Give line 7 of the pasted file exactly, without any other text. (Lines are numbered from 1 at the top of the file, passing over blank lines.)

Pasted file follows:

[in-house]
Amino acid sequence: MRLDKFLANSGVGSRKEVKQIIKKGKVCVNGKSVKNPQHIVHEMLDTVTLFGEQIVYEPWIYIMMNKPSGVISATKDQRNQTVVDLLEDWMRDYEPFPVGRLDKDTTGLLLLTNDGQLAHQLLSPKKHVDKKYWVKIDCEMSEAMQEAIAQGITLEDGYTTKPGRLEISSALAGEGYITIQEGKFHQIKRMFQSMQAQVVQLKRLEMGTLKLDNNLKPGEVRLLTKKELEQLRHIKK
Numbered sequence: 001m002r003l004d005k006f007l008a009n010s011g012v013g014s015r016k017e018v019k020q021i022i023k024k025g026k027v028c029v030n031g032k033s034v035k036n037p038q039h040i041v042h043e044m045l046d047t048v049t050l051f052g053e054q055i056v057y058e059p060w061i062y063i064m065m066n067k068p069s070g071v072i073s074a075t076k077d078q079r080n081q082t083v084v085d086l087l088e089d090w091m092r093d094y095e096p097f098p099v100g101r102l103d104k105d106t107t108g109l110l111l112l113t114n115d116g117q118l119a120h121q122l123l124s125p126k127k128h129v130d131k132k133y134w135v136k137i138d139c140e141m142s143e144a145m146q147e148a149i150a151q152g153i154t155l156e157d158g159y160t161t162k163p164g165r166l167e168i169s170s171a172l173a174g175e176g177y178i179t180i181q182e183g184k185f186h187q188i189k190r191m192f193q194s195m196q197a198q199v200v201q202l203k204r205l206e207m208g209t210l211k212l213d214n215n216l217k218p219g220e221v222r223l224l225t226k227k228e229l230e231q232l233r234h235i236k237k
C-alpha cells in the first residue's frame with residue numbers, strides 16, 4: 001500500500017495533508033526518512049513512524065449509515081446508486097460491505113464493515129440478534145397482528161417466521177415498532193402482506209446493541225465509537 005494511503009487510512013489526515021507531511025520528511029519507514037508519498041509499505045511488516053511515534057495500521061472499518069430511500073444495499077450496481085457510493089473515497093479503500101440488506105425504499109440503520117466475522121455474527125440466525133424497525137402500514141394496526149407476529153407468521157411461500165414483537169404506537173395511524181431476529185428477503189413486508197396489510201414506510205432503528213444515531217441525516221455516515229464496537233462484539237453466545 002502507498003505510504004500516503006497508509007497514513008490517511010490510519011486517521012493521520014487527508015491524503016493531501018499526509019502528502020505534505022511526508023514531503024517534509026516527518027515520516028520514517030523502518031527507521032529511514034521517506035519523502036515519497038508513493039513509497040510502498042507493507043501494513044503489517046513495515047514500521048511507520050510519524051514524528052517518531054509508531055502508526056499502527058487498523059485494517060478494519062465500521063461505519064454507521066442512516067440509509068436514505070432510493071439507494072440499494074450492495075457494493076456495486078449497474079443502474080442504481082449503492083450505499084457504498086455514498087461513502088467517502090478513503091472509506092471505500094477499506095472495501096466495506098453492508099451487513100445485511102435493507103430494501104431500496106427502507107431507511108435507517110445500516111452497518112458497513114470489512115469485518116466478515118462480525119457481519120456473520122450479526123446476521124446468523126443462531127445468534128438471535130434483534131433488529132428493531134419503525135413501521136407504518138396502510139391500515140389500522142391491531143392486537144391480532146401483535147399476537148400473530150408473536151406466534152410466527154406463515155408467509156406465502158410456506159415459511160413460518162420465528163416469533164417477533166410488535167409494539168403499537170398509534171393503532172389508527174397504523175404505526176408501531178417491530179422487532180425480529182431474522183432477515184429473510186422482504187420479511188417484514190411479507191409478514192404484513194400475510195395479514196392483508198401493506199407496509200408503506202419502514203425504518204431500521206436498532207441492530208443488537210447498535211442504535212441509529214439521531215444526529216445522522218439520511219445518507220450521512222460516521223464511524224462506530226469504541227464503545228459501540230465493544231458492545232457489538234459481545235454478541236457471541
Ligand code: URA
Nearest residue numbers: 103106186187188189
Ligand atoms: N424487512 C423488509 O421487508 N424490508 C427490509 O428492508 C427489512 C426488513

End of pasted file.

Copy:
Ligand atoms: N424487512 C423488509 O421487508 N424490508 C427490509 O428492508 C427489512 C426488513